It has often been noted that Penn State assistant Brent Pry is the son of a coach.
His dad’s best professional advice? Prepare to be fired.
Pry has been, and has landed on his feet. Now the question is whether he can make a giant leap up the food chain.
After the move earlier this year of defensive coordinator Bob Shoop to Tennessee, Pry now assumes that title— without the “co-” in front of it, as had been the case previously — as well as associate head coach under James Franklin. There is a new co-coordinator (former Illinois assistant Tim Banks), but the 46-year-old Pry has succeeded Shoop as the primary defensive play-caller, as the guy with the final say on game plans and strategic decisions.
“I think it’s always what he’s wanted,” his dad, Jim, said by telephone Tuesday. “He’s been a coordinator, a successful coordinator, a few places, and I know he likes calling the shots and being in charge of things. He wants the responsibility. That’s probably the biggest thing.”
Jim Pry, approaching his fifth season as the offensive coordinator at Bethune-Cookman, is a coaching lifer, having begun his career in 1973. His son has been at it since he became a student assistant in 1992, when a broken foot deprived him of his senior season at the University of Buffalo.
(He had played safety there, though he was not known for his speed — a fact noted by Jim Haslett, the defensive coordinator early in Pry’s college career. “I think the word he used was ‘toast,’ ” Pry said with a laugh Wednesday, before appearing at a banquet near Lancaster.)
Pry inherits a defense that slipped from second in the nation in 2014 to 14th in 2015, in no small part because middle linebacker Nyeem Wartman-White, the unit’s anchor, was lost for the season after blowing out his left knee in the opener against Temple.
Wartman-White did not play in last month’s Blue-White Game, but Pry said he will be “ready to go” when preseason drills begin in August. He is not certain, however, as to whether Wartman-White or Jason Cabinda will man the middle. Cabinda shifted from the weak side to Wartman-White’s old spot in Week Two last year, and finished as the team’s leading tackler, with 100.
“We’ll see what shakes out, position-wise,” Pry said. “Both those guys have played Will (i.e., the weak side), they’ve both played Mike. They’re very unselfish.”
Brandon Bell returns on the strong side, after making 65 stops despite “playing with two bad wheels” and “a shoulder that kept popping out,” according to Pry.
“I’m not sure you could find a better three anywhere in the league, and maybe the country,” Pry said of his ’backers.
He has high hopes for the newcomers up front, one of whom — redshirt freshman tackle Kevin Givens — emerged as the talk of spring practice. Givens, who has added some 37 pounds (to 267) since arriving on campus, finished the Blue-White Game with two sacks and 3.5 tackles for loss.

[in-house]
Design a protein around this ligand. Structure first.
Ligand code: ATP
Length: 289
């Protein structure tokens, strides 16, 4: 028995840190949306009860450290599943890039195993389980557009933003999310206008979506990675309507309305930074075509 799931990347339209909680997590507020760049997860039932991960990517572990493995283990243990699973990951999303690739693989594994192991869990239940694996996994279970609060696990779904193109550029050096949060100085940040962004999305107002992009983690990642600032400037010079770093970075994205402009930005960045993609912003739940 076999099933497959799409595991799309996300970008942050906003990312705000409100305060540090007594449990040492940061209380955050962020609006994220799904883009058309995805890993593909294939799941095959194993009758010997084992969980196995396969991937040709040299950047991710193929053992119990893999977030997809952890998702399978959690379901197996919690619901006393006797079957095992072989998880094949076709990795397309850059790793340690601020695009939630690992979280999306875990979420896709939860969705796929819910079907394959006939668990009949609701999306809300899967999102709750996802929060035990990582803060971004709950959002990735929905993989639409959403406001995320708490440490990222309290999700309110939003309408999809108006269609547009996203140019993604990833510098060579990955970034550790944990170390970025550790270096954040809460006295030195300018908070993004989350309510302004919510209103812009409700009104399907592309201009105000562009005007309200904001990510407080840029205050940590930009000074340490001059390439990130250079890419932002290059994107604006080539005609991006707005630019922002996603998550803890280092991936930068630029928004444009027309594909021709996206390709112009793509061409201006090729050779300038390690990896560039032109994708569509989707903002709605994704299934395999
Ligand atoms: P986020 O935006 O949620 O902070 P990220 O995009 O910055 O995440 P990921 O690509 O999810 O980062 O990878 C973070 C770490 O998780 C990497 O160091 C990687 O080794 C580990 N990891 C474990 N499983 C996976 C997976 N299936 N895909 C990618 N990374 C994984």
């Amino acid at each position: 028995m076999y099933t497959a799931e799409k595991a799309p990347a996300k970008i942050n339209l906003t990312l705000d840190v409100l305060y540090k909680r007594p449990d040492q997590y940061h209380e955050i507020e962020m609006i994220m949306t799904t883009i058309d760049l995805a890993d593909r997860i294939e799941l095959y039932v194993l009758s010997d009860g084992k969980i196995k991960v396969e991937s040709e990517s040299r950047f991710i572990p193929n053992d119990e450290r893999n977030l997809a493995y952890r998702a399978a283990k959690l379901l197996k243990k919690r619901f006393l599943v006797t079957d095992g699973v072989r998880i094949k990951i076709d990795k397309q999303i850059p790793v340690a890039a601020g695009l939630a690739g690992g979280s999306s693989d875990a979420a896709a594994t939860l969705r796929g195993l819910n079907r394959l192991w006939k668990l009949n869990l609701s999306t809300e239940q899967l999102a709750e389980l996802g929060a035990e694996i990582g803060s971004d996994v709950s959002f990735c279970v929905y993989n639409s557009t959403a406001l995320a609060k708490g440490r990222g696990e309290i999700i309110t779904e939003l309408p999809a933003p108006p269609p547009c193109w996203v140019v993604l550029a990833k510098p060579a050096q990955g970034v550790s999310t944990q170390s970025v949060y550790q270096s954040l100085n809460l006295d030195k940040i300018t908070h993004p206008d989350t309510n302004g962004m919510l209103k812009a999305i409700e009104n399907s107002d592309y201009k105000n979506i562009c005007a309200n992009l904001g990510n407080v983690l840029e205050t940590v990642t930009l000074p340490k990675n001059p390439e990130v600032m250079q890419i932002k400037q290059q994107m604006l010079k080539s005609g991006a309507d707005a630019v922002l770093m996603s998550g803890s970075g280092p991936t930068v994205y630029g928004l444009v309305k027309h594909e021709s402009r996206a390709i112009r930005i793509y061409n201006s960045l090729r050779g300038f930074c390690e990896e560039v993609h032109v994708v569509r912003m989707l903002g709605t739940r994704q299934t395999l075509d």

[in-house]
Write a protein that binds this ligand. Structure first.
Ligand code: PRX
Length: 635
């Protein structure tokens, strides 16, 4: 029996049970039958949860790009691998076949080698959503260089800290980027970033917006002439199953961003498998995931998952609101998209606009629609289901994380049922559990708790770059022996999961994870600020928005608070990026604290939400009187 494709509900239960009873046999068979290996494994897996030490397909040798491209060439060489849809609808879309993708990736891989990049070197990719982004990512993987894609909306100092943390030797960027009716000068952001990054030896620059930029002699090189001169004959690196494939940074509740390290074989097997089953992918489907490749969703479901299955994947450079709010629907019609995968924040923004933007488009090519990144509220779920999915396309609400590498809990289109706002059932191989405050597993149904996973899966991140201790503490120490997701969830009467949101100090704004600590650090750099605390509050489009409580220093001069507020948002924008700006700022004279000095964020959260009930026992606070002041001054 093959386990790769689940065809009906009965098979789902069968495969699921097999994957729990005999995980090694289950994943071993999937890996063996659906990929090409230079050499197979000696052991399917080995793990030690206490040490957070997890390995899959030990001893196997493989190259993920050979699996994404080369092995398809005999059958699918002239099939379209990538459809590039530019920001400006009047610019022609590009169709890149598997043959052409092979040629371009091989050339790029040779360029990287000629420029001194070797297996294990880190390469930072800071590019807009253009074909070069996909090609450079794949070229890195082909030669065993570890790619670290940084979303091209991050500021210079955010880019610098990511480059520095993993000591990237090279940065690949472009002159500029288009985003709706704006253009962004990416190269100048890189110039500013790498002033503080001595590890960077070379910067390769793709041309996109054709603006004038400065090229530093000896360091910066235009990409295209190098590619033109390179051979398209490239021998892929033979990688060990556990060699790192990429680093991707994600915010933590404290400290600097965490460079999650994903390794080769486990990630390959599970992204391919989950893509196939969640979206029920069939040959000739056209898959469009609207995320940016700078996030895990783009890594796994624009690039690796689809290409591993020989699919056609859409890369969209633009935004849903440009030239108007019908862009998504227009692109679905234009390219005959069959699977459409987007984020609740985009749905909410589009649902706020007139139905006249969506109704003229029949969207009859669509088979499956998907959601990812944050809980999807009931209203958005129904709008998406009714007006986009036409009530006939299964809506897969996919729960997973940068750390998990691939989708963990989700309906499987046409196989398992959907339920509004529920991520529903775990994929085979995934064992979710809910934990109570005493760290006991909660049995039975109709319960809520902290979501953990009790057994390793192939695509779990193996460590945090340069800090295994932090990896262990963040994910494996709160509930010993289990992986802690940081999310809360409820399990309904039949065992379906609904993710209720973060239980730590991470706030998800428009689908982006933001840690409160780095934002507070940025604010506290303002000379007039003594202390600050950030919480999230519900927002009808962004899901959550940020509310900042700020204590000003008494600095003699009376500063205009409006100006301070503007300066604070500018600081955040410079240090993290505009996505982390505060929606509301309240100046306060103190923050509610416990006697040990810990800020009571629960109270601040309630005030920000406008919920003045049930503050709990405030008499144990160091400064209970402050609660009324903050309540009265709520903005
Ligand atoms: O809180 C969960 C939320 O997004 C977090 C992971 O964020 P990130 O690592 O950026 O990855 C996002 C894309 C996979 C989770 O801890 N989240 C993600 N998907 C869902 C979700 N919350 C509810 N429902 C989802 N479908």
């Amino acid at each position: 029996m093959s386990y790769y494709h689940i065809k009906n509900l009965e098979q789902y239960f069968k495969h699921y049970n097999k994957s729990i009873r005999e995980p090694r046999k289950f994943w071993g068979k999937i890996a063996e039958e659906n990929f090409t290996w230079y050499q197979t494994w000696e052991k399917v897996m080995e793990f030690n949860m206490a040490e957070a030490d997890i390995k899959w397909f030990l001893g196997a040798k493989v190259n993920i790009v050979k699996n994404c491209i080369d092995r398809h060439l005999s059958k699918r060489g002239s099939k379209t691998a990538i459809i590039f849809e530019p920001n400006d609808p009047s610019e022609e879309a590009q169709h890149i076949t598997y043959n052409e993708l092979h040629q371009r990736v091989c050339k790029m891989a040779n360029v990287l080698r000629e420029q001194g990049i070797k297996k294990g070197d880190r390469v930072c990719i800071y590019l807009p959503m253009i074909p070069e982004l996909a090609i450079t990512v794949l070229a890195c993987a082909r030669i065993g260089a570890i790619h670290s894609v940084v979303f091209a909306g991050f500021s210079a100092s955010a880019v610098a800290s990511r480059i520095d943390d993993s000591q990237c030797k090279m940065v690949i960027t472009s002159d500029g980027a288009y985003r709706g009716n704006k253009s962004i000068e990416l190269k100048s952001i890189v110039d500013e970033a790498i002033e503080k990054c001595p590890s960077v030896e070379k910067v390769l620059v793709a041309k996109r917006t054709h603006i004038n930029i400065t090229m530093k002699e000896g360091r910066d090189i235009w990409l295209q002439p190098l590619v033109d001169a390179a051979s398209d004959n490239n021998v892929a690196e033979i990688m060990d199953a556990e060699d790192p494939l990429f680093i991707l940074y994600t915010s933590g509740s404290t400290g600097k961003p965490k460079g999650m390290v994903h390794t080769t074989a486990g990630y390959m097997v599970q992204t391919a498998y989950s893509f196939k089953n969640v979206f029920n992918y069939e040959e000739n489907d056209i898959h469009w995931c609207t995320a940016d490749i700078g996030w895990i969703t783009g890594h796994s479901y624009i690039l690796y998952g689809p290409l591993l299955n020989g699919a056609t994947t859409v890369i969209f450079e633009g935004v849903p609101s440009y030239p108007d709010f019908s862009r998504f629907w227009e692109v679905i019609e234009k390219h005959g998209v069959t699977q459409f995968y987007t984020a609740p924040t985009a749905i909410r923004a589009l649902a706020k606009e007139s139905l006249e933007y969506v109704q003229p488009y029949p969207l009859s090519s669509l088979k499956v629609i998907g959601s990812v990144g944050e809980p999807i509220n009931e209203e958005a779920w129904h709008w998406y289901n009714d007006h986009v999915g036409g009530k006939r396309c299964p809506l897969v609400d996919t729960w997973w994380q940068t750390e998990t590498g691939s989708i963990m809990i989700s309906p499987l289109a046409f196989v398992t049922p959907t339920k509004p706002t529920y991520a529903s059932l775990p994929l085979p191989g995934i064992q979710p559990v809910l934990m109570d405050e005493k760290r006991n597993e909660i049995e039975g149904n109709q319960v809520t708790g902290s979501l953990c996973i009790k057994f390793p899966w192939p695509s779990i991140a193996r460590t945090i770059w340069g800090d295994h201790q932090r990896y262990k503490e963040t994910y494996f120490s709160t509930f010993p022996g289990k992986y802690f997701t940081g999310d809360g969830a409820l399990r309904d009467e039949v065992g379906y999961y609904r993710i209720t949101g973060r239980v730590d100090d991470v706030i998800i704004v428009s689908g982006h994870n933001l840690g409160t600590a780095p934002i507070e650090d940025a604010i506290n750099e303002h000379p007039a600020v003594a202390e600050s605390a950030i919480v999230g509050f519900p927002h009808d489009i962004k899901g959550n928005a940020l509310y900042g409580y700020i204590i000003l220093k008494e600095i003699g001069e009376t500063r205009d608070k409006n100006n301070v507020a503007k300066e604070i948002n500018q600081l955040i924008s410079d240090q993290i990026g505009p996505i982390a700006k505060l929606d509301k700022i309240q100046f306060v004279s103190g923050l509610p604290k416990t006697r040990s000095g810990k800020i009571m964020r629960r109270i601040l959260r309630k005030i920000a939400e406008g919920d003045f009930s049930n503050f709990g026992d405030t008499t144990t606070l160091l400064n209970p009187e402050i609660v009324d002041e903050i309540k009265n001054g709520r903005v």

Pry does not believe complacency will be an issue for Givens, despite his auspicious showing.
“Kevin got plenty of constructive criticism from Coach (Sean) Spencer and especially myself the entire spring,” he said. “That’s one of the interesting things about the games, particularly the spring game: Stats tell one story, and the film tells another.”
Which is not to say he doesn’t have high hopes for Givens, as well as others (Parker Cothren, Antoine White, et al.) at tackle, after Anthony Zettel and Austin Johnson moved on; it’s just to say that he doesn’t believe the stat sheet is the be-all, end-all.
Pry does have high hopes for the rest of the defense, especially the secondary. And he believes he is well-prepared for his role as the top defensive assistant at this point in his career.
He recalled Wednesday that he wasn’t sure he wanted to get into coaching after college, despite growing up around the game and his stint as a student assistant. Then a young Bulls assistant named Jeff Monken invited him to lunch.
“You’re born to be a coach,” Monken told him. “It’s in you. It’s really, really easy for you, and you’ll be really good at it.”
Once Pry settled on his career path, his dad chimed in with his timeless advice: “You have to commit yourself to this. I don’t want you to get in and maybe you get fired, and then you become something else. If you’re going to be a football coach, you’ve got to hang in there with the ups and the downs and fight yourself to where you want to be.”
“And,” Jim said Tuesday, “he’s pretty much done that.”
Jim knows whereof he speaks, having been fired as the offensive coordinator at Duke in 2003, only to land a few years later on a Rose Bowl team at Illinois. (He was also fired by the Illini, in ‘09, and after spending the following year at Dartmouth wound up at Bethune-Cookman.)
As for the younger Pry, he started his career as a full-time coach in 1993 as a defensive assistant at East Stroudsburg, where Jim was the offensive coordinator and Franklin the quarterback. The younger Pry’s first stint as a defensive coordinator came in 2002, at Louisiana-Lafayette.
And there, he recalled, he tried to run every defense known to man.
“Learned rather quickly that it’s not what you know as a coach,” he said, “it’s what those players know and what they can execute on Saturday.”
He was nonetheless fired in 2006, and after three years at Memphis signed on as the DC under Monken at Georgia Southern. In ‘11 Pry hitched his wagon to Franklin’s star, at Vanderbilt, and he has been on his staff ever since.
Pry said he and Shoop enjoyed “a great working relationship,” that he didn’t mind being “the sounding board.” But now he will have an opportunity to put his own stamp on the defense.
“It’s about the approach, probably,” Pry said. “Bob’s certainly a very smart football coach, very much scheme, X-and-O-oriented. We’ll spend a little more time on fundamentals and mentality.”
On rolling with the punches, as much as anything else. Certainly he knows all about that.